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Valve and game developers have a bit of a fight on their hands here, with a French court ruling that Valve should allow users to re-sell their digital games.

Reported by the French website Next Inpact, the French consumers group UFC Que Choisir had a victory against Valve as French courts have ruled against them on the topic of reselling digital content. From what I've read and tried to understand, the courts have basically said that when you buy something on Steam it is indeed a proper purchase and not a subscription.

Valve has been ordered to pay damages at €20K plus €10K to cover some costs. On top of that, they will also have to publish the judgement on Steam's home page (presumably only for users in France) and for it to remain visible for three months. If they don't, they will get a fine for each day of €3K. To Valve though, that's likely pocket change. The bigger issue though, is how other countries inside and outside the EU could follow it.

Speaking to PC Gamer who got a statement from Valve, they are going to fight it. Of course they will though, they could stand to lose quite a lot here and it would set a pretty huge precedent for other stores like GOG, Epic, Humble, itch and all the rest.

There's a lot to think about with this situation. Valve could end up changing the way they deal with this, just like they did with the nicer refunds option which came about after legal issues too. Imagine being able to sell and transfer a game over to another Steam user. Valve could take a cut of that most likely too.

Something to think on there is how this could affect game developers too, I'm all for consumer rights but I do try to think about all angles. We could end up looking at higher prices overall, no release day discounts, more micro transactions, more games updated as a constant service, games that require an online account as a service so you're not paying for an actual product and so on as developers try to keep more income when many smaller developers are already struggling.

Interesting times.

Hat tip to Nibelheim.

Article taken from GamingOnLinux.com.
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184 comments
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Mal 20 September 2019 at 12:00 pm UTC
EhvisI think people are making far more fuss about this than what is really going on. It appears to me that the ruling is about the passages in the licence agreement that forbid users from reselling their games. I suspect that all that is needed for Valve (and other stores) is to remove those passages and inform the users that this is in fact legal. However, nowhere does it really say that Valve needs to implement a system for people to resell individual games to other users. Which means that all that the net effect maybe that you will be allowed to resell your entire account. How many users will that benefit?

This reminds me of the good old wow times, when you had to go to the chinese to illegally buy a lv 60 Tauren druid. Now we could just all go to the cow market parisienne.
Kyrottimus 20 September 2019 at 12:07 pm UTC
Valve could benefit from this if they're allowed to get a % of the resale (as Steam would likely still act as the market for these transactions). Even maybe a cut for the developers/publishers. I dunno, maybe like 5% or 10% each.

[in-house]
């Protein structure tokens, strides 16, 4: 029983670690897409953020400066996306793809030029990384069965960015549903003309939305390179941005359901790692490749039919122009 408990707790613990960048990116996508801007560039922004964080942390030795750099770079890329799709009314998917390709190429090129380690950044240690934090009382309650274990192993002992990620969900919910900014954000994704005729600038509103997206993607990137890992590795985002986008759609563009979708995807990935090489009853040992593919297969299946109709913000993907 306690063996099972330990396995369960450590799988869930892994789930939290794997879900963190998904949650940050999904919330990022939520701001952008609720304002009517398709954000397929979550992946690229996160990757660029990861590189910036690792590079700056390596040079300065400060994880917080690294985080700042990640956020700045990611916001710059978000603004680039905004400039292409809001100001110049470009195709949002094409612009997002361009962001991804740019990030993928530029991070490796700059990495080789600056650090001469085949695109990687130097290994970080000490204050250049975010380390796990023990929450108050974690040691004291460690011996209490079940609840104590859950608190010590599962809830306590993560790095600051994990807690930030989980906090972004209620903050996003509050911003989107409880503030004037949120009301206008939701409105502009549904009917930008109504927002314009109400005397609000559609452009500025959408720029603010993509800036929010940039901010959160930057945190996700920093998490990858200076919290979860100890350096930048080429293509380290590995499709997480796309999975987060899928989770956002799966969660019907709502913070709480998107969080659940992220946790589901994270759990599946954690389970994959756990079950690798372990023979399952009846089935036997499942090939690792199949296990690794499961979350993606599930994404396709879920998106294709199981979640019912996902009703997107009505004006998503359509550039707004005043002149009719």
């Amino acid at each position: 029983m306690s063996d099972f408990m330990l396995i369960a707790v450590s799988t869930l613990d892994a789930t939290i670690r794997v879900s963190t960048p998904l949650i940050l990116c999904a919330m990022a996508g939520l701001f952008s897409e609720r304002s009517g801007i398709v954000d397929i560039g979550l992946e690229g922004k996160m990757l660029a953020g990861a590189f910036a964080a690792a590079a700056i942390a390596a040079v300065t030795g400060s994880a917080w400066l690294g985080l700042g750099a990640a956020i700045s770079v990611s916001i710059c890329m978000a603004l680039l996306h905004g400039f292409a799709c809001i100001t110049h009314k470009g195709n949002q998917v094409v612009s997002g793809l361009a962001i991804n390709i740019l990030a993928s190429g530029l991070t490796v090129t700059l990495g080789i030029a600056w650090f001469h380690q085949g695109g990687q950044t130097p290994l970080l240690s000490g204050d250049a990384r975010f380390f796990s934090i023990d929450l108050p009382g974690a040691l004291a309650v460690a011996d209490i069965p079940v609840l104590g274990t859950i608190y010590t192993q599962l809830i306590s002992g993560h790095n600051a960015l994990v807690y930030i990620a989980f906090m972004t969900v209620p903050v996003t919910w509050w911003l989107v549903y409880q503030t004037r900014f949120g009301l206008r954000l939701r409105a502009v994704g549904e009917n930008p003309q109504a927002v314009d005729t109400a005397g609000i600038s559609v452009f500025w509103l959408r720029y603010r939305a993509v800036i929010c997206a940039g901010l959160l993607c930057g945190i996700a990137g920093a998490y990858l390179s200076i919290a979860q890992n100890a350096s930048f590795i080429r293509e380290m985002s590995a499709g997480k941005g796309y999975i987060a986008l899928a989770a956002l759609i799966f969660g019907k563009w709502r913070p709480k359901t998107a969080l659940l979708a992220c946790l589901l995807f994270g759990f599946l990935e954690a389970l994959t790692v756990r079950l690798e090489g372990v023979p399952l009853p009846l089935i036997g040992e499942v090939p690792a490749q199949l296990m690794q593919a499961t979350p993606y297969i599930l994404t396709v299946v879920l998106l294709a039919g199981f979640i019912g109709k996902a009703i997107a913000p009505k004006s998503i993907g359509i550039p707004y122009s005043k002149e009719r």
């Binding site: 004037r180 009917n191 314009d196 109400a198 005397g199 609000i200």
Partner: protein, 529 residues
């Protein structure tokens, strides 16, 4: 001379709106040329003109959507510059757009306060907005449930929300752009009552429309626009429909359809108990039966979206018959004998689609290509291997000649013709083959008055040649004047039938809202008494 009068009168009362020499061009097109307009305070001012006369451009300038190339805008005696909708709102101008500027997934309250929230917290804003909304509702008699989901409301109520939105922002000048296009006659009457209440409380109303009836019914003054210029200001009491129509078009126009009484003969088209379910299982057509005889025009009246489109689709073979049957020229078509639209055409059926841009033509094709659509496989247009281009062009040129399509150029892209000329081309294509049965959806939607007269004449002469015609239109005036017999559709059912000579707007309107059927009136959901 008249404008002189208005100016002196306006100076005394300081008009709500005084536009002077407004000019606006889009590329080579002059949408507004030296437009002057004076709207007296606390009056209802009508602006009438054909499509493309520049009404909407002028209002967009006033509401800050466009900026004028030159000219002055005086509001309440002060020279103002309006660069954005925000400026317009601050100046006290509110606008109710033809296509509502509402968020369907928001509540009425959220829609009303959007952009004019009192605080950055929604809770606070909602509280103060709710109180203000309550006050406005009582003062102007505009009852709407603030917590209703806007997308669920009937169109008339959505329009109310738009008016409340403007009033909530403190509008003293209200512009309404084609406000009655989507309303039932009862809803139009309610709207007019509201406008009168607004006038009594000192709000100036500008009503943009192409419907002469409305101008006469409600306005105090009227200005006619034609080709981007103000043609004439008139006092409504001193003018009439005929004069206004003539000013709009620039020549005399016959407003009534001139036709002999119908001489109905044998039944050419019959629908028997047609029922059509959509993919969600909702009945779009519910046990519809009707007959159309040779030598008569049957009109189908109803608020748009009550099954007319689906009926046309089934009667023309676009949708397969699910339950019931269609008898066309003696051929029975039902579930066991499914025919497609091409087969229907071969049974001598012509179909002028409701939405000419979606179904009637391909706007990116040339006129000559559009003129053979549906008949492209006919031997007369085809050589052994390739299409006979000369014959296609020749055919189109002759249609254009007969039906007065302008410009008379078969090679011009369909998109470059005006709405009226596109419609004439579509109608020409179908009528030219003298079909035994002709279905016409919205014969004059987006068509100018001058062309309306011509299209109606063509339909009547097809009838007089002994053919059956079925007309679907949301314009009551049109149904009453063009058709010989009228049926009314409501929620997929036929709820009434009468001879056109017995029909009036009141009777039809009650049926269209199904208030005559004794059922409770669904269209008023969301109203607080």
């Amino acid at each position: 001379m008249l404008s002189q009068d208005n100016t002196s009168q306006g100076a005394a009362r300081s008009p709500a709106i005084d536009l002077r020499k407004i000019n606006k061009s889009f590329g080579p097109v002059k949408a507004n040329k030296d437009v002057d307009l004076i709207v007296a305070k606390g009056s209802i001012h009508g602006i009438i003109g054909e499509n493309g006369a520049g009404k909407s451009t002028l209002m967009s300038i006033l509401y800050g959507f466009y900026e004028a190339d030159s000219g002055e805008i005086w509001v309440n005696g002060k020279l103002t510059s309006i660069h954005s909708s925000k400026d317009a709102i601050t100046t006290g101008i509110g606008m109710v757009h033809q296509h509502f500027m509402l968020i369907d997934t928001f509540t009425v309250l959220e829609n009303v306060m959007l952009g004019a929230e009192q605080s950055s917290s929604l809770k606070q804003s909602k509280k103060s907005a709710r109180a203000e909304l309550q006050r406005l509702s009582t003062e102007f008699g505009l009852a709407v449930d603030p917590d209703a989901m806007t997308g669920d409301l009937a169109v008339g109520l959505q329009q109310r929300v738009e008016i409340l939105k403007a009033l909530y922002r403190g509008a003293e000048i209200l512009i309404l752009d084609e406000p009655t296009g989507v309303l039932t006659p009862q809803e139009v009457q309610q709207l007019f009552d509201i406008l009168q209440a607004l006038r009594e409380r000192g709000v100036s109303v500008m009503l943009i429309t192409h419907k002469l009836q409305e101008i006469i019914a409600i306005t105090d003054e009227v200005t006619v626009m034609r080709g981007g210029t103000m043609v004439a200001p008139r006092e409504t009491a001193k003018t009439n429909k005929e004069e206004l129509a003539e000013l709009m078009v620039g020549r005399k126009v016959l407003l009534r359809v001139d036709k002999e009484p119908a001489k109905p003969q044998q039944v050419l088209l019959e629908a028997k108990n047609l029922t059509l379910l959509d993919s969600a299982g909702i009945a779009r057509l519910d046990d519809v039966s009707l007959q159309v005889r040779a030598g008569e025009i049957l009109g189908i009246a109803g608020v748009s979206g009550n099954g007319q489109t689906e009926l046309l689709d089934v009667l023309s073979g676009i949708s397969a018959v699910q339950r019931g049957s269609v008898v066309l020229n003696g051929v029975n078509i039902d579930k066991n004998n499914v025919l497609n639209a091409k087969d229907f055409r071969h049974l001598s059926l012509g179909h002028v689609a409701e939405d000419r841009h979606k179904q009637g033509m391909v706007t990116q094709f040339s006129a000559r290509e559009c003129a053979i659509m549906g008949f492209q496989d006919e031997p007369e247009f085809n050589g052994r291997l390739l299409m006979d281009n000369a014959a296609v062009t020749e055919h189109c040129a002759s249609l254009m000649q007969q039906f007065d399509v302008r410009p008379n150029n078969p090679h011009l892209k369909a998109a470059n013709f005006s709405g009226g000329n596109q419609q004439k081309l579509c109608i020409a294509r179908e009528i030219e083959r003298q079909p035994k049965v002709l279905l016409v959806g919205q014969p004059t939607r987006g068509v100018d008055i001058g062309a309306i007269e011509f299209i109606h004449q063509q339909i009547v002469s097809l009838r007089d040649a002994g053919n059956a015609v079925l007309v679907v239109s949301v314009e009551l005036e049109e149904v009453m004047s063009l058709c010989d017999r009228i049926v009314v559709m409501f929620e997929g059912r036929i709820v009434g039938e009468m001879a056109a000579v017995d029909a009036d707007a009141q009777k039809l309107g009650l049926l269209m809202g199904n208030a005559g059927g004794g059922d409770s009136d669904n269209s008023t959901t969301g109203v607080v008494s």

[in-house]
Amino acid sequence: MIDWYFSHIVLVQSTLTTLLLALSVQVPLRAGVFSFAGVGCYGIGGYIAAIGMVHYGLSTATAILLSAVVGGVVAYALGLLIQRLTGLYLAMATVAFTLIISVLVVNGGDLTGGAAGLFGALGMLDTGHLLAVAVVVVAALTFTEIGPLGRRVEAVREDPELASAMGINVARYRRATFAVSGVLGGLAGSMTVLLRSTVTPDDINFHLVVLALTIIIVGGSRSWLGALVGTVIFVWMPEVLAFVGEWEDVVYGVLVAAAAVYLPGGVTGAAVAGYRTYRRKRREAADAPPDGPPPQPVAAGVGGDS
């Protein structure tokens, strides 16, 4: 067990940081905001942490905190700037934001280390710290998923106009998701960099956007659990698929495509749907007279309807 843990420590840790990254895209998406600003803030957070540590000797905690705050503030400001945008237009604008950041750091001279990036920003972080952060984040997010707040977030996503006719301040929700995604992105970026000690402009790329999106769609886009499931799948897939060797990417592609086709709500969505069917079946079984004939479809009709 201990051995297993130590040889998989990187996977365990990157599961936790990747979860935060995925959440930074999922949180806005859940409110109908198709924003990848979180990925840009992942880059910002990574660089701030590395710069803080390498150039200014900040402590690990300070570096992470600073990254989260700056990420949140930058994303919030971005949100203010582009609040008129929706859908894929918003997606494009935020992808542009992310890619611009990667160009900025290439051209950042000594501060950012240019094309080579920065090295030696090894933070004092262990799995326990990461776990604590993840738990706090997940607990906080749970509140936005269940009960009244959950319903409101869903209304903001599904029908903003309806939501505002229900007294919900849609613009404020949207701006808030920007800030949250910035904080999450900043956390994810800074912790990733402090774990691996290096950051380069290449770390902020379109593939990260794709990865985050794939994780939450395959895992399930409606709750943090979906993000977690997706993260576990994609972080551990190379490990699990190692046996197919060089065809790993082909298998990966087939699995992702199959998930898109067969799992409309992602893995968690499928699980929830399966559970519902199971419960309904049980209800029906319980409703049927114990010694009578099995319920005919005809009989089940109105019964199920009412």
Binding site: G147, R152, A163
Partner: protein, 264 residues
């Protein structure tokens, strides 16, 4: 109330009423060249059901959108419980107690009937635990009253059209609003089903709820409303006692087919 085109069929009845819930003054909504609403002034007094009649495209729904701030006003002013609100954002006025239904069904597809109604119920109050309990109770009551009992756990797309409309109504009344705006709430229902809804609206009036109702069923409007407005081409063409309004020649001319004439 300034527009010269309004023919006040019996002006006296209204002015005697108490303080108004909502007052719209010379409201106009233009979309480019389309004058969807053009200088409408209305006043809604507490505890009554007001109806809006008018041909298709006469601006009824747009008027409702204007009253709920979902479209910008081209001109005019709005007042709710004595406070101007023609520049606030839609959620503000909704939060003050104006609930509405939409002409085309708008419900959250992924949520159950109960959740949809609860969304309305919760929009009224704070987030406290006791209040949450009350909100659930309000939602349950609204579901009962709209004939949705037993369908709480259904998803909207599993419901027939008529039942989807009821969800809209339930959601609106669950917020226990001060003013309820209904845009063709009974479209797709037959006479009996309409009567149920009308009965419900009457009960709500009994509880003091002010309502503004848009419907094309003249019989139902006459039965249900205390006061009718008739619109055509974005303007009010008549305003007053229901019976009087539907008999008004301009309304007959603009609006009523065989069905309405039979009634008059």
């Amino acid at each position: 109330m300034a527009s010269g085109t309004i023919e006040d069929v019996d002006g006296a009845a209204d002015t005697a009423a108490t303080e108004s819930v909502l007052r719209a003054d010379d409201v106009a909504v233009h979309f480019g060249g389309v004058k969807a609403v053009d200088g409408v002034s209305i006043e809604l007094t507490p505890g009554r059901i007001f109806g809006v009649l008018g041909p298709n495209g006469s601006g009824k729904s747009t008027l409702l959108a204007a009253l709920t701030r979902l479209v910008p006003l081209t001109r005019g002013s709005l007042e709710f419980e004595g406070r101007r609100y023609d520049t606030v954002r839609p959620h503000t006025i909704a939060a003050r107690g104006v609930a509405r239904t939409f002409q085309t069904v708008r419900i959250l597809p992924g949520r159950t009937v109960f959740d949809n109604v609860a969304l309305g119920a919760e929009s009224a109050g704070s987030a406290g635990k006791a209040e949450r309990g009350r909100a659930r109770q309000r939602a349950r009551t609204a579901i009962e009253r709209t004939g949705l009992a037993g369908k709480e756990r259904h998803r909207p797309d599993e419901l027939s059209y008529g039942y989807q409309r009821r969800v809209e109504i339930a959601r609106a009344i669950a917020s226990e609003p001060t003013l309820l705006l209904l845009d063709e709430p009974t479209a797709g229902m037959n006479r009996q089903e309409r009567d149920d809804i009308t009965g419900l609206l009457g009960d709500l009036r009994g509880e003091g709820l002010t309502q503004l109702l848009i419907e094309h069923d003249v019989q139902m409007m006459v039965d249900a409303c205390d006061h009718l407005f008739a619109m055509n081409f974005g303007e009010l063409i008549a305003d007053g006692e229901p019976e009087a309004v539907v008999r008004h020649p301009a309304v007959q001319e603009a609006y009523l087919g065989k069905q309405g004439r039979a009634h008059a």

Whenever someone sells something on eBay, that marketplace gets a cut because they facilitate the whole framework and infrastructure for the sale, and Steam should be no different.

Yeah, you could sell the key to someone else manually, but a game purchased with Steam Key is still "delivered" through Valve's infrastructure (Steam) so they should get a cut, and the game's upkeep (patches, updates so they don't "wear out") are maintained by the developer/publisher so they should too.

Just an idea, I'm not saying this is the way to fix this situation for Valve or French Gamers. I just thought it's an interesting tangent to consider.

*shrugs*
einherjar 20 September 2019 at 12:09 pm UTC
ZeroPointEnergy
einherjarBut all this does not happen to a digital copy of a game. The pre users were smoking or played it a lot, or they had dirty fingers while playing... DOESN'T MATTER. The used copy is always as good as an unused one.
I'm not sure why you all get worked up about such minor details. It's pretty obvious that digital and physical products are not the same.

Yes, so the reselling can not be treated the same. It is not a minor detail. If you can sell something millions of times, without it getting worn down, it is not a minor detail.
The developer must get the money for his job with a significantly lower amount of sales.

ZeroPointEnergyIt is an illusion that those markets will regulate themselves. They themselves are pushing for laws as much as they can to cement their full control, like for example the law that prevents you from tampering with DRM even if they shutdown the online service and the product you purchased becomes useless.

But regulating them in the same way as physical goods (that can only be sold a limited time) is also not the best idea.
Of course a lot of things can be made better - but in a smart way. And this seems not to be a smart way.
It leeds us to even more "software as a service" and monopolism.
StoneDancer 20 September 2019 at 12:21 pm UTC
Why do some people think that returning to the old way will mean higher prices. We always used to trade in, sell or give away our disc (or even ROM cartridges if you remember them?) media. When most games went to downloadable the costs for the distribution plummeted but instead of seeing that cost saving the consumer is charged even higher prices for games. I for one have been asking for this ability for a long time. I want to give my game to a friend when I'm done. I bought the rights to use it, I should be able to sell those rights just like the lease on my apartment.
Nanobang 20 September 2019 at 12:26 pm UTC
Maybe someone else has mentioned this (I'm not going to read 14 pages of comments here to find out) but this I can easily imagine this sort of precedent extending to other digital media like books, music, and videos.